Violinist James Buswell has Died, Age 74
At the age of seven, he was the youngest ever soloist with the New York Philharmonic and went on to hone his skills as a violinist, conductor, and educator
Born in Indiana, James Buswell began playing the violin at age 5. His primary violin teachers included Mary Canberg, Paul Stassevich, and Ivan Galamian, with whom he studied at The Juilliard School. He also graduated in 1970 from Harvard University with a degree in Renaissance Art.
Buswell started playing the 1720 "Leveque" Stradivari violin in his 20s, which he would play for the rest of his career.
As a soloist, he collaborated with conductors such as Leonard Bernstein, George Szell, Seiji Ozawa, Zubin Mehta, Andre Previn, Pierre Boulez, and Michael Tilson Thomas.
He performed at one of the opening gala concerts of New York's Alice Tully Hall with the Chamber Music Society of Lincoln Center — in which he became a regular artist member for more than a decade.
As a recording artist, he was nominated for a Grammy in 2002 for his recording of the Barber Violin Concerto with the Royal Scottish National Orchestra. He gave world premiere performances and recorded works by contemporary composers including Ned Rorem, Yehudi Wyner, Gunther Schuller, John Harbison, Gian Carlo Menotti, and Ellen Taafe Zwilich.
Buswell also served as a dedicated pedagogue. He was on the faculties of the University of Arizona, Indiana University, and New England Conservatory. He taught in Boston for more than 25 years, and while in Bloomington, he founded and conducted the Chamber Orchestra of the School of Music.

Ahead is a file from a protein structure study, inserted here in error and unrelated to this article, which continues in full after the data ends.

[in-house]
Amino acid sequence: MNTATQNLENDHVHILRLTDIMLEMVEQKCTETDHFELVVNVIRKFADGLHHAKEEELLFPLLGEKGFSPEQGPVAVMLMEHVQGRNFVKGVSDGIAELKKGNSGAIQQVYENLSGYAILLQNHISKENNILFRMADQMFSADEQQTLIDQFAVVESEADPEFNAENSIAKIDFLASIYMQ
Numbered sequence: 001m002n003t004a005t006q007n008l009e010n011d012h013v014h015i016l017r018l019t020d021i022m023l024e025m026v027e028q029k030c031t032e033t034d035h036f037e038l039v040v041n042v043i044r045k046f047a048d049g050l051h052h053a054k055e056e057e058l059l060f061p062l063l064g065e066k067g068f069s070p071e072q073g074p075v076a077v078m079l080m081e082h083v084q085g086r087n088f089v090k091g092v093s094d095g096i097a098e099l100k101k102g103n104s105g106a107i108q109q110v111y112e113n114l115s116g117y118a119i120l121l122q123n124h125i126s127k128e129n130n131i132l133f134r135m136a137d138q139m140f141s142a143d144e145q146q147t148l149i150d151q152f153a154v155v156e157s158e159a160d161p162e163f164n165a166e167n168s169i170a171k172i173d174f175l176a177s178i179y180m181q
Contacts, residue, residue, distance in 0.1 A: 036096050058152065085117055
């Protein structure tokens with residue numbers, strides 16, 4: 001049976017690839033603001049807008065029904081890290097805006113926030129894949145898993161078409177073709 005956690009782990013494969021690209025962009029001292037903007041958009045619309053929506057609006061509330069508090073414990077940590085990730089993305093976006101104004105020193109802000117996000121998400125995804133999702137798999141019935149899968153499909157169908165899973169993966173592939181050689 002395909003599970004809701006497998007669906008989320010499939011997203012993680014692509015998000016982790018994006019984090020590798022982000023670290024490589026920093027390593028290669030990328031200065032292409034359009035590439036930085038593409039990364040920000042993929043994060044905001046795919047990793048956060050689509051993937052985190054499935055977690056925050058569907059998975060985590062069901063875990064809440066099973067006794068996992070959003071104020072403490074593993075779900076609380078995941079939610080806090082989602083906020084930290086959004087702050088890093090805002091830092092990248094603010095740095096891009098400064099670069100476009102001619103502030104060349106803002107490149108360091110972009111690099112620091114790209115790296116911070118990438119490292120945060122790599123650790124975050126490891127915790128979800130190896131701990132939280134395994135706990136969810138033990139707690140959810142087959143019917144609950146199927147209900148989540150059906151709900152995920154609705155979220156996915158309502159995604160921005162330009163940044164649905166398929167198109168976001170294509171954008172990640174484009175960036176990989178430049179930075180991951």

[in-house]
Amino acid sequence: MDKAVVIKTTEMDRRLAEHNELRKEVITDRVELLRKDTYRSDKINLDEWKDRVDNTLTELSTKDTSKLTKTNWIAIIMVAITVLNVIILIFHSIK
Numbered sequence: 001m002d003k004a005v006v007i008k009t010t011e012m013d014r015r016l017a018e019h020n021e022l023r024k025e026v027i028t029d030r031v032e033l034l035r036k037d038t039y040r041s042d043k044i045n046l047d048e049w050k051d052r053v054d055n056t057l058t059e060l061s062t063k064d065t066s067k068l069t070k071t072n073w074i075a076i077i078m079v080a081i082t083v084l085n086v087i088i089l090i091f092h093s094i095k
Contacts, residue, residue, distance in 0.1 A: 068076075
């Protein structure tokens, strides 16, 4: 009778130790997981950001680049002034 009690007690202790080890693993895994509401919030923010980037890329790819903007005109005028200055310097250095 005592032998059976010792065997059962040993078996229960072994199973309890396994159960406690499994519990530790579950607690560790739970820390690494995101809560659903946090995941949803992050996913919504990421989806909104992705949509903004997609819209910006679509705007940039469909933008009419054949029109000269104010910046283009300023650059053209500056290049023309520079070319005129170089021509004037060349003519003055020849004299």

In 2018, both Mr. Buswell and his wife, cellist Carol Ou, joined the faculty of New York University's Steinhardt School.
He also taught at the Cremona International Music Academy and Festival, and during the pandemic, gave lessons and masterclasses on the virtual learning center, Virtuosity.online.
"Jamie was a man of tremendous intellect and eloquence," pianist, chamber musician, and frequent collaborator of Buswell, Andrew Goodridge, told The Violin Channel. "He was a master of his craft, a dynamic performer, and a keenly perceptive teacher, as well as a true gentleman. He was an inspiration to me, and I was honored to know him and work with him."
"My time with James Buswell was very inspiring," said Dr Robin Wilson of the Australian National Academy of Music, who studied with Buswell at the New England Conservatory in the 1990s. "An exceptional violinist in his own right, his demonstrations filled me with awe and I loved hearing anecdotes of his time as a student with Galamian and Gingold. Extremely erudite and encouraging, he spoke often of the connections and influences between all of the Arts. I still quote him to my own students when I say 'every good string player needs to be obsessed with opera at one point in their lives!' My sincere condolences to his family."
"I’m very sorry to hear that James Buswell has passed away," Itzhak Perlman told The Violin Channel. "He and I studied with Mr. Galamian some 60 years ago and spent summers together at Meadowmount summer program."
Our condolences to Mr. Buswell's family, friends, students, and colleagues.